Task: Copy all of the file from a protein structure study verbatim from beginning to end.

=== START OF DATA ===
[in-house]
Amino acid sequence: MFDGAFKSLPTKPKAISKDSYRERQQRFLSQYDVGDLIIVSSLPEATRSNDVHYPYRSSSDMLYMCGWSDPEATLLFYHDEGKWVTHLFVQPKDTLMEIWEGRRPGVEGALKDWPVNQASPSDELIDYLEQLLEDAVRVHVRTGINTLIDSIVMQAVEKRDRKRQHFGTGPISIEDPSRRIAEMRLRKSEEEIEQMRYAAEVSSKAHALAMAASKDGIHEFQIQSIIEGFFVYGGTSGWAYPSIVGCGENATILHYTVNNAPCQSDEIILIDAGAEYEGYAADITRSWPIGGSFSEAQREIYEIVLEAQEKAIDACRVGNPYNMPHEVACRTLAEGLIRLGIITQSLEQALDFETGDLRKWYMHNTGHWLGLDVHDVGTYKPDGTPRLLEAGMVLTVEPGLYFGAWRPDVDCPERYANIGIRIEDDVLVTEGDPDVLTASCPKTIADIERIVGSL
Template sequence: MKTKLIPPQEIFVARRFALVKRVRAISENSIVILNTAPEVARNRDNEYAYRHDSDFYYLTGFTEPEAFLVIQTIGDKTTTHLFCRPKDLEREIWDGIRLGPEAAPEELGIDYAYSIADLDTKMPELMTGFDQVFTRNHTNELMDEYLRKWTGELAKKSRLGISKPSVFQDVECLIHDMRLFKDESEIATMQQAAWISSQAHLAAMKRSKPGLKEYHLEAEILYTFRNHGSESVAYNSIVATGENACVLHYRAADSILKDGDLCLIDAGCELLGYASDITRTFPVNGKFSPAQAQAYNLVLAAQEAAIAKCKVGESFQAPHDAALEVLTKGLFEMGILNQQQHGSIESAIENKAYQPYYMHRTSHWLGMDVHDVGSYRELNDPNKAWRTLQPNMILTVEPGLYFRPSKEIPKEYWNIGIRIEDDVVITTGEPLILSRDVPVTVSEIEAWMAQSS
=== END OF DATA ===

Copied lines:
[in-house]
Amino acid sequence: MFDGAFKSLPTKPKAISKDSYRERQQRFLSQYDVGDLIIVSSLPEATRSNDVHYPYRSSSDMLYMCGWSDPEATLLFYHDEGKWVTHLFVQPKDTLMEIWEGRRPGVEGALKDWPVNQASPSDELIDYLEQLLEDAVRVHVRTGINTLIDSIVMQAVEKRDRKRQHFGTGPISIEDPSRRIAEMRLRKSEEEIEQMRYAAEVSSKAHALAMAASKDGIHEFQIQSIIEGFFVYGGTSGWAYPSIVGCGENATILHYTVNNAPCQSDEIILIDAGAEYEGYAADITRSWPIGGSFSEAQREIYEIVLEAQEKAIDACRVGNPYNMPHEVACRTLAEGLIRLGIITQSLEQALDFETGDLRKWYMHNTGHWLGLDVHDVGTYKPDGTPRLLEAGMVLTVEPGLYFGAWRPDVDCPERYANIGIRIEDDVLVTEGDPDVLTASCPKTIADIERIVGSL
Template sequence: MKTKLIPPQEIFVARRFALVKRVRAISENSIVILNTAPEVARNRDNEYAYRHDSDFYYLTGFTEPEAFLVIQTIGDKTTTHLFCRPKDLEREIWDGIRLGPEAAPEELGIDYAYSIADLDTKMPELMTGFDQVFTRNHTNELMDEYLRKWTGELAKKSRLGISKPSVFQDVECLIHDMRLFKDESEIATMQQAAWISSQAHLAAMKRSKPGLKEYHLEAEILYTFRNHGSESVAYNSIVATGENACVLHYRAADSILKDGDLCLIDAGCELLGYASDITRTFPVNGKFSPAQAQAYNLVLAAQEAAIAKCKVGESFQAPHDAALEVLTKGLFEMGILNQQQHGSIESAIENKAYQPYYMHRTSHWLGMDVHDVGSYRELNDPNKAWRTLQPNMILTVEPGLYFRPSKEIPKEYWNIGIRIEDDVVITTGEPLILSRDVPVTVSEIEAWMAQSS